“are insisting that we preserve the model of dialogue for dialogue’s sake. Now, to be clear, we’ll keep on talking. But the conversations are different these days. I traveled to Honolulu now just a few weeks back to meet with Yang Jiechi. It was the same old story—plenty of words, but literally no offer to change any of the behaviors.”

That was as constructive as it got.

Pompeo’s tirade will discredit the case for competition with China among allies, in Asia and Europe, who are petrified of a full-blown Cold War where the U.S. and China have no interest in diplomacy. He couldn’t resist a thinly veiled, and inevitably counterproductive, sideswipe at German Chancellor Angela Merkel, who is under pressure to take a tougher stance on China, saying cryptically,

“We have a NATO ally of ours that hasn’t stood up in the way that it needs to with respect to Hong Kong because they fear Beijing will restrict access to China’s market. This is the kind of timidity that will lead to historic failure, and we can’t repeat it.”

By far the biggest problem with Pompeo, or the administration, invoking the free world is that he said nothing about the free world itself. Free societies are in trouble. As the NGO Freedom House has documented, the world has become less free over the past four years, due in large part to illiberal forces within democracies. Many democracies also struggle to cope with fundamental challenges, including inequality, racial injustice, the automation of work, and new technologies such as artificial intelligence. Free societies also face the very real threat of political interference from authoritarian states and networks of corruption.

Getting serious about defending the free world has to start with restoring the rule of law and democracy at home and seriously examining what it will take to remain free and democratic in the decades to come. Instead of tackling this problem, the Trump administration has thrown more fuel on the fire raging inside the free world. Trump has said he may not accept the results of the forthcoming election. He has claimed that mail-in voting, a staple of American democracy, is fraudulent. He has sent troops into American cities against the wishes of their mayors. And he has called for Russia and China to interfere in the election process.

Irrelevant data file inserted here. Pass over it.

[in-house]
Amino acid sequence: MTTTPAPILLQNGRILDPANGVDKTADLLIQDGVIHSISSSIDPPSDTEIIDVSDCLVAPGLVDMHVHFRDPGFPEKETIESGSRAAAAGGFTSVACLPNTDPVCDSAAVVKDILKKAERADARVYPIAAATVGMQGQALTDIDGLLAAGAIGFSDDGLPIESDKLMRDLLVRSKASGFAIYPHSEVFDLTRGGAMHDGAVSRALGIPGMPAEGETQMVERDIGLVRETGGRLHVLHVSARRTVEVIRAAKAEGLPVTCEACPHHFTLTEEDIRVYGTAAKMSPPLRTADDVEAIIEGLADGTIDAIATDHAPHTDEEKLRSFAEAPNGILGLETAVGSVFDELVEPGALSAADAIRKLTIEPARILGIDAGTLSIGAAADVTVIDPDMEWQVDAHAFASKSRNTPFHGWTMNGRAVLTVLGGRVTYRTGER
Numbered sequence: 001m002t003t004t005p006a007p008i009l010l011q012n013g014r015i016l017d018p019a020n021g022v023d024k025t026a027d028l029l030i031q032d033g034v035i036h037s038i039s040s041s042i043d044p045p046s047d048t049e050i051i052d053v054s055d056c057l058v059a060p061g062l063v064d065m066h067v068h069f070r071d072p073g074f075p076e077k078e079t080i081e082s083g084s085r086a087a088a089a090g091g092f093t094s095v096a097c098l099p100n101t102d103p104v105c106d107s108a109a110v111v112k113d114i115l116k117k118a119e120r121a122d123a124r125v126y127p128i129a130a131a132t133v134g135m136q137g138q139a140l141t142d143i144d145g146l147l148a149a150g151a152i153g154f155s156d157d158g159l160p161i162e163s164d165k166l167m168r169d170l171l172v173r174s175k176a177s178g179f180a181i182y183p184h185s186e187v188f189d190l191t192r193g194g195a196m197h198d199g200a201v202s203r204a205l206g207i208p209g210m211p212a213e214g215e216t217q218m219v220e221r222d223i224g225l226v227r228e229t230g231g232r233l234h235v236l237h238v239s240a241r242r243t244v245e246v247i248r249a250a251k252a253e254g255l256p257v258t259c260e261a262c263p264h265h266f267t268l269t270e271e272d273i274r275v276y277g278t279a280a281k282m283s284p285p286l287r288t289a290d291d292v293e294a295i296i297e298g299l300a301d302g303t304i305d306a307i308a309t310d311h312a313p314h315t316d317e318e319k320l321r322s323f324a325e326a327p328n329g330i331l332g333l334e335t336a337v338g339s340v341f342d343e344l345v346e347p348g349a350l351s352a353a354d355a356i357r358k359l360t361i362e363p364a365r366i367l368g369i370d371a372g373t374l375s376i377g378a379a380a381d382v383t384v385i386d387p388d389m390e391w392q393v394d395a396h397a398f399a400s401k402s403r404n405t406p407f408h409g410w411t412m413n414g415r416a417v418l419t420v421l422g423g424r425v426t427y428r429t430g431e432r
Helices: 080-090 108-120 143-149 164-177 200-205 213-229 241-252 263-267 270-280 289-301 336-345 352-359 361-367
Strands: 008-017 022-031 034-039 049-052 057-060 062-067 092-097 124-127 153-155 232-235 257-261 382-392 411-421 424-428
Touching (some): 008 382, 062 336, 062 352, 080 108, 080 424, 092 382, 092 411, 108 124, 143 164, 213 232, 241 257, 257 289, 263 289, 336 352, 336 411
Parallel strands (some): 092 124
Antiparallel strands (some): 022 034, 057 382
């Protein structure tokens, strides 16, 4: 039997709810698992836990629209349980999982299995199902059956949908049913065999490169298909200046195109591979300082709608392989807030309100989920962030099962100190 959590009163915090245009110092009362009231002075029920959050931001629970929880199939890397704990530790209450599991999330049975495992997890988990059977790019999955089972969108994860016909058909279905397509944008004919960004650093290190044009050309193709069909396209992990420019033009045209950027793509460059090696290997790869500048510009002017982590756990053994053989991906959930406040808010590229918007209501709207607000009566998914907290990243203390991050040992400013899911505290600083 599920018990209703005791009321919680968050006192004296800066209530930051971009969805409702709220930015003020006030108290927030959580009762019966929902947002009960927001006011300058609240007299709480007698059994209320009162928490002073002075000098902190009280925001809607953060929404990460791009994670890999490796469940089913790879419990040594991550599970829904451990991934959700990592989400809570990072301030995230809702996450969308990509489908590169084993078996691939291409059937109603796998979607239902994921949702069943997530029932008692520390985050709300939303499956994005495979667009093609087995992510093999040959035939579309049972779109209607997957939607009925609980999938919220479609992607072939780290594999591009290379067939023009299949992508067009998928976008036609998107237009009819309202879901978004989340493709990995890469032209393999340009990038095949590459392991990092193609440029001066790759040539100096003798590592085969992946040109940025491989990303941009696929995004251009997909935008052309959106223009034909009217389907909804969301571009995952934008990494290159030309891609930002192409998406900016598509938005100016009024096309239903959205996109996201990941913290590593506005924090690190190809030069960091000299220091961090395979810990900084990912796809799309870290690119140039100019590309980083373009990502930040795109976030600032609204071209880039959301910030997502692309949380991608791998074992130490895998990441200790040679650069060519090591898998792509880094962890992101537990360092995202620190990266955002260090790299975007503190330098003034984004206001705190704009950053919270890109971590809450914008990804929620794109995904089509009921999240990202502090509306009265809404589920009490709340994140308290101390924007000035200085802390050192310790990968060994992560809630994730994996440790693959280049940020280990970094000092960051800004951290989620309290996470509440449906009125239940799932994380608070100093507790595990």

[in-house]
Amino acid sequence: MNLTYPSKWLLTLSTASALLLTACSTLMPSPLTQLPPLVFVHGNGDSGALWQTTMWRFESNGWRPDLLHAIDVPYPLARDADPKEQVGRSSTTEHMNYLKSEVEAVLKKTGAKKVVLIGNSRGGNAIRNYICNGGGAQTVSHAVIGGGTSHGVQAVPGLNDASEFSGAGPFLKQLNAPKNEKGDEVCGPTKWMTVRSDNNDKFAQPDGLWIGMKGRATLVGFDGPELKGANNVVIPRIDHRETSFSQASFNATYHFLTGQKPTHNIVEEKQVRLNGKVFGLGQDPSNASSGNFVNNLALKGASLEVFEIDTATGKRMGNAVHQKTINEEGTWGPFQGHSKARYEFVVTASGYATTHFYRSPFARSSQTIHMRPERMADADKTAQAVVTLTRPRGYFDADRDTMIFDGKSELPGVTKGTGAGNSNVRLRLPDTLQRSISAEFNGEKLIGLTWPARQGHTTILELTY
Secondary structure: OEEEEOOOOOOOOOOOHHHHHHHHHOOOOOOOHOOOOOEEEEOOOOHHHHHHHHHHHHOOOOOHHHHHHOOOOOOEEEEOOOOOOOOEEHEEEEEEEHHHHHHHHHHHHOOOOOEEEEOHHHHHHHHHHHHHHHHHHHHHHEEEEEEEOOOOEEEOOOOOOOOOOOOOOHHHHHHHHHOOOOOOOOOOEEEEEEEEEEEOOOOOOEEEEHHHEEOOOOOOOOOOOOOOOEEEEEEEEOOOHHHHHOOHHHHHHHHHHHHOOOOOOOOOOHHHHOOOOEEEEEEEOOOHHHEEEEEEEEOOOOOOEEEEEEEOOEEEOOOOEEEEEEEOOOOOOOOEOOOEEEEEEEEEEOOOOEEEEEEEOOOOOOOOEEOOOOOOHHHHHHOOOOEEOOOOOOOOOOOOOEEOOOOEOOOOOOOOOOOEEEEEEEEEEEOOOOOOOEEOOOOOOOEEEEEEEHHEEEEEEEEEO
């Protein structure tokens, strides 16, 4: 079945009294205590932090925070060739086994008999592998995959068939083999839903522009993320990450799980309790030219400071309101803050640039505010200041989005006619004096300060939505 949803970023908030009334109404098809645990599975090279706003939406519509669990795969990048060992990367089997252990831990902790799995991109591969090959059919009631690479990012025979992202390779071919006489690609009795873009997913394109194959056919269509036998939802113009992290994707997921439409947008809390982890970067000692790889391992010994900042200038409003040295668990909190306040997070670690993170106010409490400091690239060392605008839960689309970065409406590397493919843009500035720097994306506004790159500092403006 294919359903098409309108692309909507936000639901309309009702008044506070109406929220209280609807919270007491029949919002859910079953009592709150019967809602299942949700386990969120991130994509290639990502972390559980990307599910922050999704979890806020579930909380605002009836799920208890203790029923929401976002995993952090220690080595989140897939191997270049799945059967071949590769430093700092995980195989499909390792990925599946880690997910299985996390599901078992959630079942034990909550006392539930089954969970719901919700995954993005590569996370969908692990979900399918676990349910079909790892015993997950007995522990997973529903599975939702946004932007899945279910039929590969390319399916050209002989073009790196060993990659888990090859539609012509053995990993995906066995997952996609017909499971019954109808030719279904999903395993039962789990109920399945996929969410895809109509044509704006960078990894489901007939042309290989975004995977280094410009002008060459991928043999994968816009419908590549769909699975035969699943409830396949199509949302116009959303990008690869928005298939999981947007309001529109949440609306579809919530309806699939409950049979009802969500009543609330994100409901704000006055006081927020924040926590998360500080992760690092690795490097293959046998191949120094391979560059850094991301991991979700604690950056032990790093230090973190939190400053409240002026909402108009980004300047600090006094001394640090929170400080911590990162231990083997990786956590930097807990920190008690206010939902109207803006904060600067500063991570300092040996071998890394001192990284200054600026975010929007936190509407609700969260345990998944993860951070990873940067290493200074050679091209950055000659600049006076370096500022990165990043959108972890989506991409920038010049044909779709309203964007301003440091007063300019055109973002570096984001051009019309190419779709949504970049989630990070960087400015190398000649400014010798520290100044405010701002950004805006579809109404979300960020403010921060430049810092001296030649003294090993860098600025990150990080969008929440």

America is a work in progress. The U.S. is entitled to carry the banner of freedom, as it did in the Cold War, even as it wages the struggle for freedom at home. But it is quite another matter for an administration that is actively undermining American democracy to claim the mantle of the free world.

A different administration has an opportunity to put the free world at the heart of its strategy. It would involve working with other free societies to modernize our systems of governance so they are collectively resilient to shocks—whether they are financial, environmental, political, or public-health-related. This will, by necessity, involve major changes domestically. It means tackling international networks of oligarchs and corruption that exploit a country’s openness in order to penetrate their systems and distort their democracy. It also allows for a robust national and international conversation about what a free society means in the modern world—one that should include voices from across the political spectrum.

Competing with China is an important component of the free-world strategy but only one part, and the competition is not an end in itself. Some critics will still worry that talking about the free world will bring about a Cold War with China, dividing the world in two. But this fear is misplaced. Kelly Magsamen of the Center for American Progress recently put it succinctly. “Rather than organizing U.S. foreign policy purely around competition with China,” she told me, “we should be organizing it around our democratic allies with the goal of strengthening and catalyzing the free world. That’s a far more affirmative theory of the case that would better reflect American values, play to our comparative advantages, and frankly get better collective results.” That strategy is the way to get allies and Americans on board with a competition between governance systems because it recognizes that the challenge comes from within and is something the U.S. should do even if there were no competition with China.

We want to hear what you think about this article. Submit a letter to the editor or write to letters@theatlantic.com.